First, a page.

Table of Contents
What is a Nucleus?
The most integral component of the cell is the nucleus (plural: nuclei). It is derived from a Latin word which means “kernel of a nut”.
A nucleus is defined as a double-membraned eukaryotic cell organelle that contains the genetic material.
As stated above, the nucleus is found only in eukaryotes and is the defining characteristic feature of eukaryotic cells. However, some cells such as RBCs do not possess a nucleus though they originate from a eukaryotic organism.
More to Explore: Difference Between Nucleus and Nucleoid
Structure Of Nucleus
- It is generally the most prominent organelle in the cell.
- The nucleus is completely bound by membranes.
- It is surrounded by a structure called the nuclear envelope.
- This membrane separates the contents of the nucleus from the cytoplasm.
- The cell’s chromosomes are also enclosed within it.
- DNA is present in the Chromosomes and they provide the genetic information required for the creation of other cell components and also for reproduction of life.
Also Read: Nucleolus
Following are the important nucleus function:
- It contains the cell’s hereditary information and controls the cell’s growth and reproduction.
- The nucleus has been clearly explained as a membrane-bound structure that comprises the genetic material of a cell.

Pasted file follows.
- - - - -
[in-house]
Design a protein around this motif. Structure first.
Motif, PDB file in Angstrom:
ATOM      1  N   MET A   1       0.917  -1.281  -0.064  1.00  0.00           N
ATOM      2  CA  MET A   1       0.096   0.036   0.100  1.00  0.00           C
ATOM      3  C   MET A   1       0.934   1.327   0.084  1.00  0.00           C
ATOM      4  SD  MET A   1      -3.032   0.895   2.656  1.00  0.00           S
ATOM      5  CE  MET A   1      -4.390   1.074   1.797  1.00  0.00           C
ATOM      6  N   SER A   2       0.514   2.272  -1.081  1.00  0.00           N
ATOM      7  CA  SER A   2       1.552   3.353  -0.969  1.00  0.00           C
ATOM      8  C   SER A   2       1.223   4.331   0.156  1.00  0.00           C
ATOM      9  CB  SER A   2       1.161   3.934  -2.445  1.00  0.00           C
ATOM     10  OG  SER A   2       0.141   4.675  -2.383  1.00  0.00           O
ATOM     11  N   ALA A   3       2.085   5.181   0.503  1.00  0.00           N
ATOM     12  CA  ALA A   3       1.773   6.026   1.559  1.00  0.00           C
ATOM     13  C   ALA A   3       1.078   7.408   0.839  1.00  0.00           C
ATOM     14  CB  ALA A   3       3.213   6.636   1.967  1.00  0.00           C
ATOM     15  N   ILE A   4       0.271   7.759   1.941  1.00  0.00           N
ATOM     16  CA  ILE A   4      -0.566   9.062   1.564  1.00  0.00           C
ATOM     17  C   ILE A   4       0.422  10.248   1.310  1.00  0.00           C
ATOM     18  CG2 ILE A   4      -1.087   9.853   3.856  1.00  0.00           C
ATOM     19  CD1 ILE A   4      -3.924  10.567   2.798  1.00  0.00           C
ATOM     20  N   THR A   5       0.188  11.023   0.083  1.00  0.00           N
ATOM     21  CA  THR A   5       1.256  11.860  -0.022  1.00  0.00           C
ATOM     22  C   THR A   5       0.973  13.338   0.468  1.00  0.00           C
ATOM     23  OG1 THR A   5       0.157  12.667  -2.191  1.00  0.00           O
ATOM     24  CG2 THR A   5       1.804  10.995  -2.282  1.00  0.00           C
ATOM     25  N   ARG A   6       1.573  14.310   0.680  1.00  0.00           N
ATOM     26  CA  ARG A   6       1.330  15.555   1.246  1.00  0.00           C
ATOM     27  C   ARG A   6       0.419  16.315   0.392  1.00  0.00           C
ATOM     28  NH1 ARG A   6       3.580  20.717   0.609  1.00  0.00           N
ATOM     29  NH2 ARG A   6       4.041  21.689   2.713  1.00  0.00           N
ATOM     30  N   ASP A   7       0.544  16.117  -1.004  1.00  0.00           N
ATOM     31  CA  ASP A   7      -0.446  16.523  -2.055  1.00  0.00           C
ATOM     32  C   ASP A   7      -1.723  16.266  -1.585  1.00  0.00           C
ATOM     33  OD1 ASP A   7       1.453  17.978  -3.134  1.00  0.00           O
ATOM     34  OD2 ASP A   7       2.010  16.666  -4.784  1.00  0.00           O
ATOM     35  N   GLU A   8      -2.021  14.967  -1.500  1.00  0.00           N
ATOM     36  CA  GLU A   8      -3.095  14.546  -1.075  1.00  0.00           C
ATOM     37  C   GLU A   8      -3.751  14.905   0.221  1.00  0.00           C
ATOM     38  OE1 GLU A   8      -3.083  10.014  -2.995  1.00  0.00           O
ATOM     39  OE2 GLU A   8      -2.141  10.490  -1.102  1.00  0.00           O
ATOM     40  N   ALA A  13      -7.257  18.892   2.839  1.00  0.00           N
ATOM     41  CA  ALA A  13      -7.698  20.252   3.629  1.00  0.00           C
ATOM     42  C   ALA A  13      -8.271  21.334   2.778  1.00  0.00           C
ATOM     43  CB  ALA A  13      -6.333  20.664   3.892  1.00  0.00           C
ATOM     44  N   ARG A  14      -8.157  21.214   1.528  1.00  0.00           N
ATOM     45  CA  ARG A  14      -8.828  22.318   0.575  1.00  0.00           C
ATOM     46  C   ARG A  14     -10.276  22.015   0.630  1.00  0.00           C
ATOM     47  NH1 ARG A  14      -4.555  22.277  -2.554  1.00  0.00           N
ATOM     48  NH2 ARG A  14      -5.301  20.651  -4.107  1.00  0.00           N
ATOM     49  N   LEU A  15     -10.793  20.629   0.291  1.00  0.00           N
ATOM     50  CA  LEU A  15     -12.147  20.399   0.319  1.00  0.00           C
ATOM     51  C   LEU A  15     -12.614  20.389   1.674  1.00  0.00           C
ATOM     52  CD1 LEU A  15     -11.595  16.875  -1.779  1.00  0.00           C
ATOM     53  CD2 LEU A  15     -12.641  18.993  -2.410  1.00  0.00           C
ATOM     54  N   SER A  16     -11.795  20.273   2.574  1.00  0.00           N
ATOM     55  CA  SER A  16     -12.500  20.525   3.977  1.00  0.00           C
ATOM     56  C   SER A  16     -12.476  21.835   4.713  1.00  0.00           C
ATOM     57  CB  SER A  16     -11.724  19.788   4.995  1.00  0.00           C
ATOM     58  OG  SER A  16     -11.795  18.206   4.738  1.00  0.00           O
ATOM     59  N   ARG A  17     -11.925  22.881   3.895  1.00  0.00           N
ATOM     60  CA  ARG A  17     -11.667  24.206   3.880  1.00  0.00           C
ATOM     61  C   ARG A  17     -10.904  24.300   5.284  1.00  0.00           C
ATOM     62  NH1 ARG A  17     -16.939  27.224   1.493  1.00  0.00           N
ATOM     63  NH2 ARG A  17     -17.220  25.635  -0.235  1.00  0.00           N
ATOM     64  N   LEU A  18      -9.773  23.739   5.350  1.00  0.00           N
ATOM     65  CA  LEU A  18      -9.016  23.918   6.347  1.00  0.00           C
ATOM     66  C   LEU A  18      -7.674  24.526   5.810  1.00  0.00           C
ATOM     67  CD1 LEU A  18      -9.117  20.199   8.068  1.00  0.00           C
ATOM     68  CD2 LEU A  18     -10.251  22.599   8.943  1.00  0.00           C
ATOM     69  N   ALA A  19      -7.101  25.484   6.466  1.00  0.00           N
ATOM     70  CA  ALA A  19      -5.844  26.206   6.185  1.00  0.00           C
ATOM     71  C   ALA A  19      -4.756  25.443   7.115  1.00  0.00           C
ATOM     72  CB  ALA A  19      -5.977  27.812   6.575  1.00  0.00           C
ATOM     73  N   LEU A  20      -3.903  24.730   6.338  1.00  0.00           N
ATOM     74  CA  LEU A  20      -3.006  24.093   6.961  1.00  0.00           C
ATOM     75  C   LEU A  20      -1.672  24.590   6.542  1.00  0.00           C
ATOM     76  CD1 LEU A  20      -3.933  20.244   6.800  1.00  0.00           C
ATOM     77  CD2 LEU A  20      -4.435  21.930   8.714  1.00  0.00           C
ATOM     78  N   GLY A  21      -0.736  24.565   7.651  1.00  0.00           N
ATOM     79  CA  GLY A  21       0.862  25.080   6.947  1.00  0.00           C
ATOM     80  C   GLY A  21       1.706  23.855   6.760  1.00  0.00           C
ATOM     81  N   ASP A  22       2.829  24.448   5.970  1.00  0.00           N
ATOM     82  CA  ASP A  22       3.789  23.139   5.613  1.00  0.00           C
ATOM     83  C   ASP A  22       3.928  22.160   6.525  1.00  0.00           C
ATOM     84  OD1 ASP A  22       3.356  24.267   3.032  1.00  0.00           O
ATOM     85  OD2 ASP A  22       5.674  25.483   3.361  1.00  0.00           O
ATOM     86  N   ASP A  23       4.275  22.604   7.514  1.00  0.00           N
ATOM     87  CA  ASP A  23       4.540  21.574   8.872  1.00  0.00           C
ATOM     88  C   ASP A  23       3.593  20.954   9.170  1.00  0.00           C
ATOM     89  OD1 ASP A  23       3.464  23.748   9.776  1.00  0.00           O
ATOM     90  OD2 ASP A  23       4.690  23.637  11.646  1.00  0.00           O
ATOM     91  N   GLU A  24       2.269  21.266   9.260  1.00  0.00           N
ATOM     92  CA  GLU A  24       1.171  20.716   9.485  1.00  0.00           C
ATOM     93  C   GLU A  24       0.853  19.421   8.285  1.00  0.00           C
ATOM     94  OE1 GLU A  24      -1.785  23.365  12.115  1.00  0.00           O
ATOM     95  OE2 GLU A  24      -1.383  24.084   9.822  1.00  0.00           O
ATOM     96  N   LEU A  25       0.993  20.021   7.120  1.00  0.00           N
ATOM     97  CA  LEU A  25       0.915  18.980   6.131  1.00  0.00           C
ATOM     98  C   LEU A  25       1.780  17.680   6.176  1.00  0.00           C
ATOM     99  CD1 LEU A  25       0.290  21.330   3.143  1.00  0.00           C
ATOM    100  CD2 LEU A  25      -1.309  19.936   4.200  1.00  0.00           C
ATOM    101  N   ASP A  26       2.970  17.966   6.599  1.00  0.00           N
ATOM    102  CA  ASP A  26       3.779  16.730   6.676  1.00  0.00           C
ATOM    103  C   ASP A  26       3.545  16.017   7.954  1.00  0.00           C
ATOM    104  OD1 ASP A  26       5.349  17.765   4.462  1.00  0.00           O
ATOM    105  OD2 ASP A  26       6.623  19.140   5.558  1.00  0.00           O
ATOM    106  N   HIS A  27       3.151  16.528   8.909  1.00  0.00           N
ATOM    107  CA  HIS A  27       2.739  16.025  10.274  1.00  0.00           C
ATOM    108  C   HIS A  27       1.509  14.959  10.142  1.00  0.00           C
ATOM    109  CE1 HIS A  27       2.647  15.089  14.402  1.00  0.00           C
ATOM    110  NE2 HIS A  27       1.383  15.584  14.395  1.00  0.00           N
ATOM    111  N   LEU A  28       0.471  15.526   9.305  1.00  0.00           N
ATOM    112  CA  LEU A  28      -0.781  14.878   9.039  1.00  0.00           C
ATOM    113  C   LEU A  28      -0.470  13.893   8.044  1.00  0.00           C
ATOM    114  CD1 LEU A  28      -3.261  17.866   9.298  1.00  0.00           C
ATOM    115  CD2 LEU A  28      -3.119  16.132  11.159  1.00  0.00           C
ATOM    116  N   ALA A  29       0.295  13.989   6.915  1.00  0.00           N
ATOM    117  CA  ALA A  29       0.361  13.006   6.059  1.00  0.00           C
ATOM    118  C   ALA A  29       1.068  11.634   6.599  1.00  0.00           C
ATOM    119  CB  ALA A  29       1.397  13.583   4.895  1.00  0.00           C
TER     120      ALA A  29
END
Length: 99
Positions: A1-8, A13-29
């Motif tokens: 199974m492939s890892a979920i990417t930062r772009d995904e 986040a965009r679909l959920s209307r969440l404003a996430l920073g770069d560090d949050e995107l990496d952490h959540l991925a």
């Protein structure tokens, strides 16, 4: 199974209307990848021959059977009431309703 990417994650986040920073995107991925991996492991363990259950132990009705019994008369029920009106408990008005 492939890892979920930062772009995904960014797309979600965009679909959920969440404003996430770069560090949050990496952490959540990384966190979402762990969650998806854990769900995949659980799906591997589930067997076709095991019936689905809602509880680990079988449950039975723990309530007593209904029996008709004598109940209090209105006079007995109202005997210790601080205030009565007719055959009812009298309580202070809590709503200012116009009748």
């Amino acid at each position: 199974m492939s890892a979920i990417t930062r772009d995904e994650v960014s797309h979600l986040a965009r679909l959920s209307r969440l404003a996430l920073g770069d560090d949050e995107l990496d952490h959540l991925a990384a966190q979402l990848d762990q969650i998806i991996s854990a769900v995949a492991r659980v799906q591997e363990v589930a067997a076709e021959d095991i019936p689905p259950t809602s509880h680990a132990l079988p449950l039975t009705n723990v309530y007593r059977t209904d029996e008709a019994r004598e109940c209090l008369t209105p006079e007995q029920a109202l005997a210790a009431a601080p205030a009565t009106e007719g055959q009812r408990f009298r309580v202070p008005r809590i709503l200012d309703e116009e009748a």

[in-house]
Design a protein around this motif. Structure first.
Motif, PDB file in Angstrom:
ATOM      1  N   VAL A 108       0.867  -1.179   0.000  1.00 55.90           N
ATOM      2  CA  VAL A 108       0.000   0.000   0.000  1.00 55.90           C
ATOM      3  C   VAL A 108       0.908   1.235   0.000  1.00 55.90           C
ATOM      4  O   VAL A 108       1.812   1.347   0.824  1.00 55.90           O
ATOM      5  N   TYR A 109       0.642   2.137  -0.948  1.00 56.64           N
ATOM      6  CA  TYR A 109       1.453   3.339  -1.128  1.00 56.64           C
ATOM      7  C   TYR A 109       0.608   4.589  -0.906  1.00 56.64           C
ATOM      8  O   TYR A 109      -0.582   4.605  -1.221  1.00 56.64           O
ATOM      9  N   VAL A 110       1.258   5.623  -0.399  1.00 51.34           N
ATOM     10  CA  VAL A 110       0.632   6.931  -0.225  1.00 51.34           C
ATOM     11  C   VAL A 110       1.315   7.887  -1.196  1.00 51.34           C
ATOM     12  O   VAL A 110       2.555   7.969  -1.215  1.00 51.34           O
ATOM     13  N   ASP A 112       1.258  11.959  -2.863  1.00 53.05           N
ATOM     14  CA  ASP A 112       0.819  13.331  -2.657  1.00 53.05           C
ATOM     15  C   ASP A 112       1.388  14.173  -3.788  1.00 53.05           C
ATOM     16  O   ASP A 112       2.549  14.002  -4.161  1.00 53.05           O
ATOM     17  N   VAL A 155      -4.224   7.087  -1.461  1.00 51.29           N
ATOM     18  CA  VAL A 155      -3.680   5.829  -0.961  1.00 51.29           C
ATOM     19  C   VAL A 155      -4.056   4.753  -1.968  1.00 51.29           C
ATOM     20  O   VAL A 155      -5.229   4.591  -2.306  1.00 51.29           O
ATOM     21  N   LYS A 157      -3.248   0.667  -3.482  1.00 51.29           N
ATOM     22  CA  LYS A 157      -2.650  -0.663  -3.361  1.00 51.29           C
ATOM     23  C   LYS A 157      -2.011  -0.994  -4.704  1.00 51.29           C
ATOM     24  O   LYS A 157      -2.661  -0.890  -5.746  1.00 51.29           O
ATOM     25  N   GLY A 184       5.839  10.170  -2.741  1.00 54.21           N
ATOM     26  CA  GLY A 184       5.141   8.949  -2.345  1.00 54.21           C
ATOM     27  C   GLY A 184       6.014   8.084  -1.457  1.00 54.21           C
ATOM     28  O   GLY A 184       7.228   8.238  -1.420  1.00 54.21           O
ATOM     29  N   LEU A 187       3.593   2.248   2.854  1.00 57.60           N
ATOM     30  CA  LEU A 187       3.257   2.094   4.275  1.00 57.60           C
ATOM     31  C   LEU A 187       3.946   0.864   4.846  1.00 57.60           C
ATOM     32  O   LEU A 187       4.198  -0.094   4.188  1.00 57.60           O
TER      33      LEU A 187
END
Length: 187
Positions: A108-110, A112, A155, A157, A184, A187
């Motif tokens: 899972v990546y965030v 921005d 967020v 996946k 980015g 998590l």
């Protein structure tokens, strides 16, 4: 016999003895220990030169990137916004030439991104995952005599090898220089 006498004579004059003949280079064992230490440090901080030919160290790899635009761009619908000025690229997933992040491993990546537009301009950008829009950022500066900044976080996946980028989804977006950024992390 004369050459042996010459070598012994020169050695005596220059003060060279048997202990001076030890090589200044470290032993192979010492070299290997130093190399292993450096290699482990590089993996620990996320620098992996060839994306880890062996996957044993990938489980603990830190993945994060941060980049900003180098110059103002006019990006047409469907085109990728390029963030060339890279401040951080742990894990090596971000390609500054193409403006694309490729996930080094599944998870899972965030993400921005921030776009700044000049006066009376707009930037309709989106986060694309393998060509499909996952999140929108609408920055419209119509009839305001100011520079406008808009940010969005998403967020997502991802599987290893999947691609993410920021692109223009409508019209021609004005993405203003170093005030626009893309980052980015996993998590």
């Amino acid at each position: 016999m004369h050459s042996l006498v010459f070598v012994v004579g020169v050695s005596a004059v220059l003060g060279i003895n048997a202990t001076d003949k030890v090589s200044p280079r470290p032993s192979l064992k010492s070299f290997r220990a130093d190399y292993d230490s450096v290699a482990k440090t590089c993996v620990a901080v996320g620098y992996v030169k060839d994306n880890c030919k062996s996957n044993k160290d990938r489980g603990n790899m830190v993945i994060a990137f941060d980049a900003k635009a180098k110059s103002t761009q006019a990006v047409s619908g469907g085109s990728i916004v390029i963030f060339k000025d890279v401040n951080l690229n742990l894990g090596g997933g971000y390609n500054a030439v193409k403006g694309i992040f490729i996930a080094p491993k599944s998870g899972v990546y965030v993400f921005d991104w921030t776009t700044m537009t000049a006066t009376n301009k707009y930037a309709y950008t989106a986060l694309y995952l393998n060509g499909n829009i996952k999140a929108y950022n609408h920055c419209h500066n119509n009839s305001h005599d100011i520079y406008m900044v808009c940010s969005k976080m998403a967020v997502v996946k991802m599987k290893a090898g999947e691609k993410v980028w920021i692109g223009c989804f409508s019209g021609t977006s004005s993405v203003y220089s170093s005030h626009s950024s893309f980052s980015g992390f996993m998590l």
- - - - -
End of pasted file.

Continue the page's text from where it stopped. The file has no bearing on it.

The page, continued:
- It is not just a storage compartment for DNA but also happens to be the home of some essential cellular processes.
- First and foremost, it is possible to duplicate one’s DNA in the nucleus. This process has been named DNA Replication and creates an identical copy of the DNA.
- Creating two identical copies of the host or body is the first step in cell division, where each new cell will get its own set of instructions.
- Secondly, the nucleus is the spot of transcription. Transcription is the process of creating different types of RNA from DNA. Transcription would be a lot like making copies of individual pages of the human body’s instructions that can then be passed out and read by the rest of the cell.
- The central rule of biology states that DNA is copied into RNA, which is then turned into protein.
Also Read: Nuclear membrane
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Frequently Asked Questions
What is the nucleus?
The nucleus is a double-membraned organelle that contains the genetic material and other instructions required for cellular processes. It is exclusively found in eukaryotic cells and is also one of the largest organelles.
Outline the structure of the Nucleus.
- A structure called the nuclear envelope/ nuclear membrane surrounds the nucleus. It is a double-membraned organelle.
- Within the nucleus lies the nucleolus, which takes up 25% per cent of the volume.
- Also found within the nucleus are dense, thread-like structures called chromatins that contain DNA and proteins.
- The mechanical strength for the nucleus is provided by the nuclear matrix, a network of fibres and filaments which performs functions similar to the cytoskeleton.
Highlight the functions of the nucleus.
The nucleus has 2 primary functions:
- It is responsible for storing the cell’s hereditary material or the DNA.
- It is responsible for coordinating many of the important cellular activities such as protein synthesis, cell division, growth and a host of other important functions.